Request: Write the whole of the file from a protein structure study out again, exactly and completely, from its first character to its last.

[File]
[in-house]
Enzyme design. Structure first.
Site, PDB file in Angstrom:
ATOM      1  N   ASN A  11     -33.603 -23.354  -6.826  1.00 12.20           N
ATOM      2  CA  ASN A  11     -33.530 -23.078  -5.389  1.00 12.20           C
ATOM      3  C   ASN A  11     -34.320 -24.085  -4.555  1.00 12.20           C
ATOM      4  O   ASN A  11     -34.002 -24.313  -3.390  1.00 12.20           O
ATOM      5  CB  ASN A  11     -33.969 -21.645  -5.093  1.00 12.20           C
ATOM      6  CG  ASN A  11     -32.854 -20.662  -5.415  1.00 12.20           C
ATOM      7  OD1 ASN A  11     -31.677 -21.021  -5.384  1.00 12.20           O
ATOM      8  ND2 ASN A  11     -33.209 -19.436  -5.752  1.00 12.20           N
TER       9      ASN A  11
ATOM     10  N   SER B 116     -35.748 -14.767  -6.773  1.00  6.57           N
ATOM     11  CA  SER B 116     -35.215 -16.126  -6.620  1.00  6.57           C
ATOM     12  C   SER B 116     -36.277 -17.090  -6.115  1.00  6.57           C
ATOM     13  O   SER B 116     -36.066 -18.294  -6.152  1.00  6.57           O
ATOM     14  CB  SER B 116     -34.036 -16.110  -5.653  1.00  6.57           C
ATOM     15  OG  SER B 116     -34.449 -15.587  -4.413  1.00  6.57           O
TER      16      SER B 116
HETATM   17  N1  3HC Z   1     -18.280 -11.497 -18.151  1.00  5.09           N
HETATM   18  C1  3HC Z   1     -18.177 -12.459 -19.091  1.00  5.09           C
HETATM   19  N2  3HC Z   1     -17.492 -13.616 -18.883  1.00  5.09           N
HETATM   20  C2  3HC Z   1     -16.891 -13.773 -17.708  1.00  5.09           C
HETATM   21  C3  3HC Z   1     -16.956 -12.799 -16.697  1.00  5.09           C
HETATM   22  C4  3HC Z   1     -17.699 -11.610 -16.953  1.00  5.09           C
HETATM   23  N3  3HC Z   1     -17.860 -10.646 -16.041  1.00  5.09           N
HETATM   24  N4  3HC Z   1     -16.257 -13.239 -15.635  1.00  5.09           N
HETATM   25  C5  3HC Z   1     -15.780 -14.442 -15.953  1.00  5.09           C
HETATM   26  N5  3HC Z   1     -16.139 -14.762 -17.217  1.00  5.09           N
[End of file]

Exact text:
[in-house]
Enzyme design. Structure first.
Site, PDB file in Angstrom:
ATOM      1  N   ASN A  11     -33.603 -23.354  -6.826  1.00 12.20           N
ATOM      2  CA  ASN A  11     -33.530 -23.078  -5.389  1.00 12.20           C
ATOM      3  C   ASN A  11     -34.320 -24.085  -4.555  1.00 12.20           C
ATOM      4  O   ASN A  11     -34.002 -24.313  -3.390  1.00 12.20           O
ATOM      5  CB  ASN A  11     -33.969 -21.645  -5.093  1.00 12.20           C
ATOM      6  CG  ASN A  11     -32.854 -20.662  -5.415  1.00 12.20           C
ATOM      7  OD1 ASN A  11     -31.677 -21.021  -5.384  1.00 12.20           O
ATOM      8  ND2 ASN A  11     -33.209 -19.436  -5.752  1.00 12.20           N
TER       9      ASN A  11
ATOM     10  N   SER B 116     -35.748 -14.767  -6.773  1.00  6.57           N
ATOM     11  CA  SER B 116     -35.215 -16.126  -6.620  1.00  6.57           C
ATOM     12  C   SER B 116     -36.277 -17.090  -6.115  1.00  6.57           C
ATOM     13  O   SER B 116     -36.066 -18.294  -6.152  1.00  6.57           O
ATOM     14  CB  SER B 116     -34.036 -16.110  -5.653  1.00  6.57           C
ATOM     15  OG  SER B 116     -34.449 -15.587  -4.413  1.00  6.57           O
TER      16      SER B 116
HETATM   17  N1  3HC Z   1     -18.280 -11.497 -18.151  1.00  5.09           N
HETATM   18  C1  3HC Z   1     -18.177 -12.459 -19.091  1.00  5.09           C
HETATM   19  N2  3HC Z   1     -17.492 -13.616 -18.883  1.00  5.09           N
HETATM   20  C2  3HC Z   1     -16.891 -13.773 -17.708  1.00  5.09           C
HETATM   21  C3  3HC Z   1     -16.956 -12.799 -16.697  1.00  5.09           C
HETATM   22  C4  3HC Z   1     -17.699 -11.610 -16.953  1.00  5.09           C
HETATM   23  N3  3HC Z   1     -17.860 -10.646 -16.041  1.00  5.09           N
HETATM   24  N4  3HC Z   1     -16.257 -13.239 -15.635  1.00  5.09           N
HETATM   25  C5  3HC Z   1     -15.780 -14.442 -15.953  1.00  5.09           C
HETATM   26  N5  3HC Z   1     -16.139 -14.762 -17.217  1.00  5.09           N